For sure. I think for now, from what people saw in #15, you definitely see Cupid was married and in some sort of perilous situation. And Ollie, being the hero that he is, rescued her and disappeared into the night. But what that situation was and how it looked and where she's from and who she is, is definitely going to be a mystery for a while because that will be part of another storyline. Because at some point, Dinah is going to want to know who the hell is this hot red redhead prancing around in fishnets?
With Valentine's Day coming this Saturday, would you say "Green Arrow/Black Canary" #17 is the perfect gift for a loved one?
Yes. I told my wife at some point I'll name a comic character after her, so don't be surprised if Cupid's real first name turns out to be Carrie.
And that's what is great about the cover, which LadrÃ¶nn totally hit out of the park. It was actually the idea of my genius editor, Mike Carlin. He drew a little sketch of that and it's so perfect for Valentine's Day. So yes, give it to someone you love.
I know some people are under the misconception that because her name is Cupid, she is going to be another arrow villain, but that is not the case. In a future case, we'll actually discover her archery abilities are somewhat limited.
Looking ahead to 2009, what else is coming for "Green Arrow/Black Canary?"
Mike Carlin mentioned in an interview at New York Comic Con that possibly, down the road, the title will change to "Green Arrow vs. Black Canary." We're definitely putting their marriage through a gauntlet and if they can come out of it on the other end, they're doing okay. A lot of it is going to be, how do the events of the next year effect Ollie and his reaction to those events? And Dinah wants to know if he is still the man that she married. Which is all, really great stuff. And so everything that is happening to them from Merlyn coming back to Cupid entering their lives, these are not arbitrary decisions. There is a long-range plan leading up to something big and fun that will hopefully move Green Arrow into a fresh and exciting new direction. And hopefully people are going to enjoy the ride and stick with it and see where it goes.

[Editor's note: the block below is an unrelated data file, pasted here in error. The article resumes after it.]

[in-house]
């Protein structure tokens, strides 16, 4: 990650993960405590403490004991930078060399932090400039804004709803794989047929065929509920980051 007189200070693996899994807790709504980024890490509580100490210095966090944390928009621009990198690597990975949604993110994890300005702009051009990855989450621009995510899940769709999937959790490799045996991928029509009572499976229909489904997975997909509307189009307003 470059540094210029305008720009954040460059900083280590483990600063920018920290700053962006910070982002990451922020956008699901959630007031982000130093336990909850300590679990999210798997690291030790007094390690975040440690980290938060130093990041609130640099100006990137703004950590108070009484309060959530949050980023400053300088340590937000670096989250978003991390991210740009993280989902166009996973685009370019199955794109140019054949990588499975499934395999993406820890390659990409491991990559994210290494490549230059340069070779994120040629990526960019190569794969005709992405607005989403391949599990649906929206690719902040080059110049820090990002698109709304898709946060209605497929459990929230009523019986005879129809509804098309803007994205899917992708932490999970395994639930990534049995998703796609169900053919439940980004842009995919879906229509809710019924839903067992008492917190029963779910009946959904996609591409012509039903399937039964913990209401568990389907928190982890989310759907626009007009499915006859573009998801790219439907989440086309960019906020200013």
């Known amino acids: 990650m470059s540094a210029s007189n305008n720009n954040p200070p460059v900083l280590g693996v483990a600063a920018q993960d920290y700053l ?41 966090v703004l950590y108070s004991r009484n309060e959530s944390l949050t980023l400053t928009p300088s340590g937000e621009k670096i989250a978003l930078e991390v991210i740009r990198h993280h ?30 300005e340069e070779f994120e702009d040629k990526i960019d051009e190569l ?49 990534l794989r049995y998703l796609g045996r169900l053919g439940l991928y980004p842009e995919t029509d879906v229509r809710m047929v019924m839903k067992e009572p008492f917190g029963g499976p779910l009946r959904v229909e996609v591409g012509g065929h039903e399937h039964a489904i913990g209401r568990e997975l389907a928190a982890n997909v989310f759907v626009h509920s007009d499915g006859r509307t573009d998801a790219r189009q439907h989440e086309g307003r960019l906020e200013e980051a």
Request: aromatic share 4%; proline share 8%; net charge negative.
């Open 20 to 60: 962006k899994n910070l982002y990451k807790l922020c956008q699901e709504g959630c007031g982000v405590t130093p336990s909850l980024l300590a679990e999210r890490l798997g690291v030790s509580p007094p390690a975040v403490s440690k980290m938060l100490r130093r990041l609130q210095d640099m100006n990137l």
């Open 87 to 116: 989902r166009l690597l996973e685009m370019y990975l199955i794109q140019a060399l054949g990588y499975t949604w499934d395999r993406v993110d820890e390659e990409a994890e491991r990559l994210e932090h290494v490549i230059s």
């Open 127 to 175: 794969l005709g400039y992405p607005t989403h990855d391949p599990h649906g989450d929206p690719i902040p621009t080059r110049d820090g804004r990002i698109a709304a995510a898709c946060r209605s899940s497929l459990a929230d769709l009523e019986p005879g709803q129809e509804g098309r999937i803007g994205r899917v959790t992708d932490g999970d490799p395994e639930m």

Will your stories roll into Dwayne McDuffie's "Justice League of America," which features Black Canary, and James Robinson's upcoming "Justice League," which stars Green Arrow?
I don't know if it will roll into them, but I talked to [Executive Editor] Dan DiDio and we are definitely setting up something for Green Arrow and Black Canaary. I don't think you'll see Dinah get pregnant in Dwayne's book.
Everyone is setting up potential conflict between Ollie and Dinah and exploring their differing paths in the pursuit of justice, which I think is inherent in writing this book. You have married superheroes. They have different points of view. They are different people. Anyone who is married will tell you, you will agree with very little with your wife [laughs]. Even when you love them and support them and respect them, you disagree. That's what makes marriage fun. And it's what makes "Green Arrow/Black Canary" different than any other book in the DC Universe.
Written by Andrew Kreisberg with art by Mike Norton and Joe Rubinstein and cover by LadrÃ¶nn, "Green Arrow/Black Canary" #17 is on sale now from DC Comics.